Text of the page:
It is uncertain if Robert Maxwell Johnson's name was the same before and after he gained his freedom. Various newspaper articles about his lectures in Scotland and England do not include the full text of the lectures wherein he talked about his early life, nor is there a Robert M. Johnson manuscript collection. His life story was told in the newspapers that summarized the content of his lectures, including an account of his escape at some point after the death of Dorothea Dandridge Christian Fishback on September 17, 1840.

It was then that Rev. Fishback began to inflict severe treatment on those enslaved to him. He had been a widower for about six months when in the spring of 1841 Rev. Fishback sold five of Johnson's siblings to different owners in the United States. The enslaved auction block was downtown, less than two blocks from Rev. Fishback's home. During the winter of 1841, about eight months after her five children were sold, Johnson's mother died. A few months prior to her death, Rev. Fishback had married the widow Susan Hart Shelby McKinney on June 8, 1841.

It was the third marriage for Susan H. S. McKinney, the daughter of former Kentucky Governor Isaac Shelby. She had buried two husbands. The new Mrs. Fishback had her own rules. The first Mrs. Fishback had had Robert M. Johnson, his mother's youngest child, brought into the house to work. But the new Mrs. Fishback was not keen on the idea of having him around. After his mother's death, Johnson took heed of what his mother had always told him, that when Mrs. Dorothea Fishback died it would be time for him to have a plan of escape and that he had to leave.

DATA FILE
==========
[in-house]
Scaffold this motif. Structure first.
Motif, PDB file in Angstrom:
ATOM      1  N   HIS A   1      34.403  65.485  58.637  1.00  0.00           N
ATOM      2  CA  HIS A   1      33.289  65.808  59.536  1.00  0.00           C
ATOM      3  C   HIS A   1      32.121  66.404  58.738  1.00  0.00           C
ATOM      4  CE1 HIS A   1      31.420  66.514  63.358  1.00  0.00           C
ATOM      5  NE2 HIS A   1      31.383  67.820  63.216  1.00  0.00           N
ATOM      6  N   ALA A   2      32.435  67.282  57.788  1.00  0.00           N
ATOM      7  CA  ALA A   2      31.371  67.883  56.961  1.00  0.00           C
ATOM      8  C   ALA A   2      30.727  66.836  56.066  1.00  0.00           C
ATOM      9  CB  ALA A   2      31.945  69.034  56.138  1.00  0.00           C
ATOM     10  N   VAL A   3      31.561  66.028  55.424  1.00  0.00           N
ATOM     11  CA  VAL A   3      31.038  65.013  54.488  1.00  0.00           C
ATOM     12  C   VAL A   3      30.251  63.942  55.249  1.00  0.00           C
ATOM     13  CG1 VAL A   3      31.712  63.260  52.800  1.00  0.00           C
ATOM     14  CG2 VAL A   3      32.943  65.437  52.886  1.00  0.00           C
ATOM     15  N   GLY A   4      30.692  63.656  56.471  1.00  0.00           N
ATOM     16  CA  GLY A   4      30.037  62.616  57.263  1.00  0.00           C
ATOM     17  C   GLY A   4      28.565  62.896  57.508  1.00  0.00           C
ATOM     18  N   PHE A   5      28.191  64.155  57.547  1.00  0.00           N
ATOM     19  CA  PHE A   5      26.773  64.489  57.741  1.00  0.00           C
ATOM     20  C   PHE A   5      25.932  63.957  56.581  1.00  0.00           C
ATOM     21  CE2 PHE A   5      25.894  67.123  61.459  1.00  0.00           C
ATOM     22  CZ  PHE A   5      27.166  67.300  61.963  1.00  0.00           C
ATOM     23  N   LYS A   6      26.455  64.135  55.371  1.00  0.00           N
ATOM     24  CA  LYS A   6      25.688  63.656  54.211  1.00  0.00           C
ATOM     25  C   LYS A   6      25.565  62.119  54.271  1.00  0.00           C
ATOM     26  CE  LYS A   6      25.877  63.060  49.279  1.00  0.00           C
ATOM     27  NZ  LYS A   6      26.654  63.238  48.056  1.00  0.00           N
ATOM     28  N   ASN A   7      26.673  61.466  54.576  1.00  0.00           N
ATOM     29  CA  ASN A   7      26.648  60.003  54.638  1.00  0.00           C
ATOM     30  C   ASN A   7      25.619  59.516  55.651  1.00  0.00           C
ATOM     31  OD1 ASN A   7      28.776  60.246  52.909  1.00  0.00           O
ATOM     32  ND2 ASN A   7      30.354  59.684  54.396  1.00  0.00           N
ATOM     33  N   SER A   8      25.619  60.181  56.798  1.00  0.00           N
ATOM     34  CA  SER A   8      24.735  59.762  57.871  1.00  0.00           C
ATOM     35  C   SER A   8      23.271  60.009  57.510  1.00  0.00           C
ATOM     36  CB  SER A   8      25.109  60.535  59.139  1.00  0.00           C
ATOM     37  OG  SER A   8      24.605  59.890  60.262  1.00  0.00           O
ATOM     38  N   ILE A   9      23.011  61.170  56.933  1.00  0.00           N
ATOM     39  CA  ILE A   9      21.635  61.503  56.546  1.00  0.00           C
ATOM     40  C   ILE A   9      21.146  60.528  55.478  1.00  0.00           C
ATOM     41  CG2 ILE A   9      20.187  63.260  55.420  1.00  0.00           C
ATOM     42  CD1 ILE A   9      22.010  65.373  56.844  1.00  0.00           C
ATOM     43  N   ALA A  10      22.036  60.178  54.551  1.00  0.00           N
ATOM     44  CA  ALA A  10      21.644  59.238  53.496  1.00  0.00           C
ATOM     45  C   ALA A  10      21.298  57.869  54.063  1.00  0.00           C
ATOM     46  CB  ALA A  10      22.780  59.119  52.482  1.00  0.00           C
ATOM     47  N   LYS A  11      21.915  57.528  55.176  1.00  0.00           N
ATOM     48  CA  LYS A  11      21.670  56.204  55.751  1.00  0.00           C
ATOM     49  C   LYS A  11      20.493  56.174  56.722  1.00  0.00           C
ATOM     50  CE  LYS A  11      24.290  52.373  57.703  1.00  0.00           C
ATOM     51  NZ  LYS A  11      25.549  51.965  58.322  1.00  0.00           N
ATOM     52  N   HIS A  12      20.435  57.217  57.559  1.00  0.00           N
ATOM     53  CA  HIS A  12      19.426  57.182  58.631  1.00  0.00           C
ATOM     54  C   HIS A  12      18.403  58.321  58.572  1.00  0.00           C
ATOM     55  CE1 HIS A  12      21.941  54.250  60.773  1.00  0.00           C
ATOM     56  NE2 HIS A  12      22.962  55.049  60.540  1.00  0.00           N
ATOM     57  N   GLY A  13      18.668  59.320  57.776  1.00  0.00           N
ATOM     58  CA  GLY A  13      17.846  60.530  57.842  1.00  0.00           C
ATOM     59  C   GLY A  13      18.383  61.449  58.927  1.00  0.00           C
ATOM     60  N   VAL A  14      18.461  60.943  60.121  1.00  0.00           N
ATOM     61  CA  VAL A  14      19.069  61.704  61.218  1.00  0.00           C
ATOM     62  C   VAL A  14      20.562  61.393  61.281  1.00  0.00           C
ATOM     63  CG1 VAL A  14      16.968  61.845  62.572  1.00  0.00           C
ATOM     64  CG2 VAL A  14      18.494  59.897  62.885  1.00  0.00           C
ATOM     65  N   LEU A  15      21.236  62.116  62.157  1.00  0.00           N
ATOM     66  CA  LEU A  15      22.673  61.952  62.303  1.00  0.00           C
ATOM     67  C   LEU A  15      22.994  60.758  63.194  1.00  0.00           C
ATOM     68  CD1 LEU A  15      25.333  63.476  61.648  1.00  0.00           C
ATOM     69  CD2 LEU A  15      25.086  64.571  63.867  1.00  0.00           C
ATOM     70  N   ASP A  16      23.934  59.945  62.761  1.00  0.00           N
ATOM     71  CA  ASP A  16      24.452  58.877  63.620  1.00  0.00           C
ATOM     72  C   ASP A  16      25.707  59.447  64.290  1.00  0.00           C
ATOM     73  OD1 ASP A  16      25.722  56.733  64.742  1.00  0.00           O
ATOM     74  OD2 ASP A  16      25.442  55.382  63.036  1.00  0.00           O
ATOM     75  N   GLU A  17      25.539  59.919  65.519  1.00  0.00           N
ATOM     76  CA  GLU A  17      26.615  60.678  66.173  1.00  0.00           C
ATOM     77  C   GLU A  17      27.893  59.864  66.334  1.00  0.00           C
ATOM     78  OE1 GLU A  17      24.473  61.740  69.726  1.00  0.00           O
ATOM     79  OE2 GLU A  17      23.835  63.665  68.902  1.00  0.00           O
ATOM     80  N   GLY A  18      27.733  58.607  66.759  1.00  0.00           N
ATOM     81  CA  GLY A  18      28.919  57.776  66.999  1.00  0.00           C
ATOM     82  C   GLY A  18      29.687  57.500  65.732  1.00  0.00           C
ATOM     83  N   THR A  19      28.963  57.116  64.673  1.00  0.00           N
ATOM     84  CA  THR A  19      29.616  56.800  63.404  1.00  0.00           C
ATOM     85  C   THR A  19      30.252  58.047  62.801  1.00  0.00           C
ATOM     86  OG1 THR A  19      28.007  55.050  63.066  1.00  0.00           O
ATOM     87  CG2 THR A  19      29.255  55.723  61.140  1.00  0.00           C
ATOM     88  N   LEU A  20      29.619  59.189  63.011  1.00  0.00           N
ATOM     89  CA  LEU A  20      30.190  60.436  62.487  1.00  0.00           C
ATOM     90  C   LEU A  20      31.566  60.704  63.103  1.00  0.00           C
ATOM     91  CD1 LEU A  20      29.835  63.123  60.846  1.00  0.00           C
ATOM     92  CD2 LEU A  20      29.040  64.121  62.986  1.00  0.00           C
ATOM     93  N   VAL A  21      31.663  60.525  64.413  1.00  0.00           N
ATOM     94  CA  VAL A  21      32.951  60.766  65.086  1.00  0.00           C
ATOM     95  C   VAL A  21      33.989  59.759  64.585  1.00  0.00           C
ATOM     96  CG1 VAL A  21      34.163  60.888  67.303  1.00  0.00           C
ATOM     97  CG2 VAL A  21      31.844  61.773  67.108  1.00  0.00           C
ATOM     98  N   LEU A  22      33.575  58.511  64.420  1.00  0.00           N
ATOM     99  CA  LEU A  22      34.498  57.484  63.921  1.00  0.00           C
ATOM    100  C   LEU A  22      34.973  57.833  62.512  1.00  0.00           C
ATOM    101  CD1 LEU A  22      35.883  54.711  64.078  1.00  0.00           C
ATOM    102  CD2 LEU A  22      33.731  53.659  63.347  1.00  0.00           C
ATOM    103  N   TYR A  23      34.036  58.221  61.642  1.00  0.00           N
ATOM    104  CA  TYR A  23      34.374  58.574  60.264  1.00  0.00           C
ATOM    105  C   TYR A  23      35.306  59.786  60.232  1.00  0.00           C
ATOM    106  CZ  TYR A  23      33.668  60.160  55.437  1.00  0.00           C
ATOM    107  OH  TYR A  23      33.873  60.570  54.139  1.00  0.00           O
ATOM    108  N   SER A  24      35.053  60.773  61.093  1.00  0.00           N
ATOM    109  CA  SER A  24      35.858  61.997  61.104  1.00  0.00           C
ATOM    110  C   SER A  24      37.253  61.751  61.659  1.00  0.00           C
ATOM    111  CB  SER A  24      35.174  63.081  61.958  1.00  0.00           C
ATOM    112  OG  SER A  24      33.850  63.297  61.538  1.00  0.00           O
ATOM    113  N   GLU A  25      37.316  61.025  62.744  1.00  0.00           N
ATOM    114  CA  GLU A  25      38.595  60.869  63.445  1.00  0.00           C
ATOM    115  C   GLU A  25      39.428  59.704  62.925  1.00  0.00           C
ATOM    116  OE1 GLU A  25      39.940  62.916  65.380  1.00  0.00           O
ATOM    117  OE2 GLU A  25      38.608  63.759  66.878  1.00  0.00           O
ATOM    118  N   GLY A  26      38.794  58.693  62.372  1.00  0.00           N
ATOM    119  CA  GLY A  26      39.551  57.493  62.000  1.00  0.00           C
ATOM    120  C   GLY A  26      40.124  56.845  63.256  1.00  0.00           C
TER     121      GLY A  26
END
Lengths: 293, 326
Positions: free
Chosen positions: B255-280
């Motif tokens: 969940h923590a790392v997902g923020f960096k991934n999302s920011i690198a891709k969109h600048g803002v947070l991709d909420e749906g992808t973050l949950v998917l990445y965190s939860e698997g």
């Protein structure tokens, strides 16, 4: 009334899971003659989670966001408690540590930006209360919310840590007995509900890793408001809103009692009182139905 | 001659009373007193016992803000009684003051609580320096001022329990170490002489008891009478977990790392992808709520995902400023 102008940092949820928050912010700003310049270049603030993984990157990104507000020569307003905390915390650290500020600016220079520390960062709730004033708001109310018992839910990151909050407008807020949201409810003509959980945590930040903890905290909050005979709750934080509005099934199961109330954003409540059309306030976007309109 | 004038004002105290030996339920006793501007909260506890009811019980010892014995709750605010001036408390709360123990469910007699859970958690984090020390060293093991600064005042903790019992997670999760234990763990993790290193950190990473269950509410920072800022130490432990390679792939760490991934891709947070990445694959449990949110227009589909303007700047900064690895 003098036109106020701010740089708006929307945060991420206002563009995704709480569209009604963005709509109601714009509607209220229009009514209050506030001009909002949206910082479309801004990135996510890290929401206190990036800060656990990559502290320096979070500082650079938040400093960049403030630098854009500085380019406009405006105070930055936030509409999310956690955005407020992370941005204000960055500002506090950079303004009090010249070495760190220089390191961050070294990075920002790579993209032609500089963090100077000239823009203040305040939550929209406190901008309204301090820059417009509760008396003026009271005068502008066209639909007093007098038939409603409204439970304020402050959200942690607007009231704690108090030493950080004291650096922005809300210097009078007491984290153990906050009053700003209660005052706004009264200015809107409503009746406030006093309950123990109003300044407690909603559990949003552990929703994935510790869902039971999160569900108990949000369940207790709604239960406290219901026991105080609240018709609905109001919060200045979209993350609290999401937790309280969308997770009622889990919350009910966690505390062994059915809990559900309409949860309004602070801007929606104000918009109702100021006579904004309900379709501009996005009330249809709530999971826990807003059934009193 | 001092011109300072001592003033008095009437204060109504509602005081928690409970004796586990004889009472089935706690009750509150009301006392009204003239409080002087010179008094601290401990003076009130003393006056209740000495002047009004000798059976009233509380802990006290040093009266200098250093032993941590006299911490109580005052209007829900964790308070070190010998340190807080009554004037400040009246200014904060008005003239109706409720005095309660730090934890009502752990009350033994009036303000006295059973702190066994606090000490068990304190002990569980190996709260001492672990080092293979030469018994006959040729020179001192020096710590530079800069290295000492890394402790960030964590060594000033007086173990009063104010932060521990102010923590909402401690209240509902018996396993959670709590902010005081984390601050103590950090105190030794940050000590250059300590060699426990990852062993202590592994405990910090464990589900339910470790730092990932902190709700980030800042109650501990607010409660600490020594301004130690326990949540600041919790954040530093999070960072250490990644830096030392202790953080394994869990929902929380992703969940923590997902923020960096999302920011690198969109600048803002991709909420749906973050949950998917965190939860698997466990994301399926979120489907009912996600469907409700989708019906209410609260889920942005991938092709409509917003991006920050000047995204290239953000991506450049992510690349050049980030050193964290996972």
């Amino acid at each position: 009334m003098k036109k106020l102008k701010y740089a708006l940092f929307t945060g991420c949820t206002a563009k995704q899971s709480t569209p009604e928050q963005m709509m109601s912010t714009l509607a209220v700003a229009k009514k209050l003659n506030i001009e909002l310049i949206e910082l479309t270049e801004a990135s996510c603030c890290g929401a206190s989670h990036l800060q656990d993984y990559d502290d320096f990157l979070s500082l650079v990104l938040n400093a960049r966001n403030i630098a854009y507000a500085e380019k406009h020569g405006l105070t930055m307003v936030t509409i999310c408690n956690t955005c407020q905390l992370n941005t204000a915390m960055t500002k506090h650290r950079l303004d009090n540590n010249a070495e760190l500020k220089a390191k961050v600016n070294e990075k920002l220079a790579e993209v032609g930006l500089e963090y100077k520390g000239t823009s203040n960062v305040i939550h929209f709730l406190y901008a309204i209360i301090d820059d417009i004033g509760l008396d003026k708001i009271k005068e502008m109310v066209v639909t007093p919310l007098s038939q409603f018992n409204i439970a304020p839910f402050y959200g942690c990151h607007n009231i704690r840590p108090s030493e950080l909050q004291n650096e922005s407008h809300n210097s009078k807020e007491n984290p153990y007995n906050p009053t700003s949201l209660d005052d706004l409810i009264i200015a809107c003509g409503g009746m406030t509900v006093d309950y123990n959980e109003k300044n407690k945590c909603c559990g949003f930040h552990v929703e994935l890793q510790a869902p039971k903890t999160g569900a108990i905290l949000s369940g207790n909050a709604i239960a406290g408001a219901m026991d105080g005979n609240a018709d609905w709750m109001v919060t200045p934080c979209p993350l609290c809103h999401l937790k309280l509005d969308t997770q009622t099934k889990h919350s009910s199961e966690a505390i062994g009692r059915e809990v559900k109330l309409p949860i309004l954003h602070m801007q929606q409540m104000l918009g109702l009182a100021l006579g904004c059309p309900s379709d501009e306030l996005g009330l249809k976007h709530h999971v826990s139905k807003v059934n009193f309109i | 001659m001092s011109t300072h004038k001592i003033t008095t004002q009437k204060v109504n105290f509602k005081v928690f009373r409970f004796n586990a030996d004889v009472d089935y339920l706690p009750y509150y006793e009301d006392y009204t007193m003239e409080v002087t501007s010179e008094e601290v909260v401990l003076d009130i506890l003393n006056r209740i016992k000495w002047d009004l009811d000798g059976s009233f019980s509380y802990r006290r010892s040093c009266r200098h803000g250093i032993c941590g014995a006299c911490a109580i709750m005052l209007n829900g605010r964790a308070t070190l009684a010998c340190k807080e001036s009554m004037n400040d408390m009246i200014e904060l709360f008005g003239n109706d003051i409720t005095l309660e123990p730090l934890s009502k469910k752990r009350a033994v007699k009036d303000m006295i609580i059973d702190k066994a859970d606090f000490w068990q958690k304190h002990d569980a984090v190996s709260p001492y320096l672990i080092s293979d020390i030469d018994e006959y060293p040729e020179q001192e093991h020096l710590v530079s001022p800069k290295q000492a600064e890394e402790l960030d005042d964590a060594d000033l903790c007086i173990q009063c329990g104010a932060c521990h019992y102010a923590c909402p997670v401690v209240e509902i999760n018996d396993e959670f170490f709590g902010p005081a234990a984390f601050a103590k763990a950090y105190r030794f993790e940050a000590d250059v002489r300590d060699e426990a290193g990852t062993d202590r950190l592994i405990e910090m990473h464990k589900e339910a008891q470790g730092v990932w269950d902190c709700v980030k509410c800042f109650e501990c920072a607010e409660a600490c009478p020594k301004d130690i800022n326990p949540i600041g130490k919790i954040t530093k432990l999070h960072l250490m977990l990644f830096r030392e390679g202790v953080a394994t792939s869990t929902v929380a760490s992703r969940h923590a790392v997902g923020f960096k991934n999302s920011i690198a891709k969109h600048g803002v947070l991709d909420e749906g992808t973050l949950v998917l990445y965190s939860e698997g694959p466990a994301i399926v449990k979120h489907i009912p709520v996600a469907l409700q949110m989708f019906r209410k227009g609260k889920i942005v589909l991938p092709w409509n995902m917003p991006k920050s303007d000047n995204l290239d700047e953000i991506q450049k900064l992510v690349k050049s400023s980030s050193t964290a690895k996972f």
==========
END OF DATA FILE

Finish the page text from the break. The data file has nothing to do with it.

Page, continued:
Robert Johnson saved money, found private tutoring, and learned the geographic layout of routes to free states. At some point after his mother's death in 1841, the 24-year-old Johnson made his way to Frankfort, KY with about $13. He met with an Underground Railroad conductor who helped him get passage on a steamer to Cincinnati, OH. He did not receive a friendly welcome in Cincinnati nor at other stops in northern states, so he made his way to Canada where he later attended college and became an ordained minister.

SOURCES: "Lecture on American slavery, by an escaped slave," Essex Standard, 2/1/1865, vol. 35, issue 1781; "On Tuesday evening last ...," The Hampshire Chronicle, South Hampton and Isle of Wright Courier, 1/6/1866, p. 5; and Genealogy of the Fishback Family in America, by W. M. Kemper.

In 1854, Rev. R. M. Johnson was living in Toronto, Ontario, Canada. He was an anti-slavery activist. At the 1854 Colored People's Convention in Cleveland, OH, he was elected Chairman of the Finance Committee. There were 138 delegates from Canada and the United States. The group was in favor of African Americans emigrating to a new country. All in attendance were allowed to address the floor, but there was not to be a word in opposition to emigration.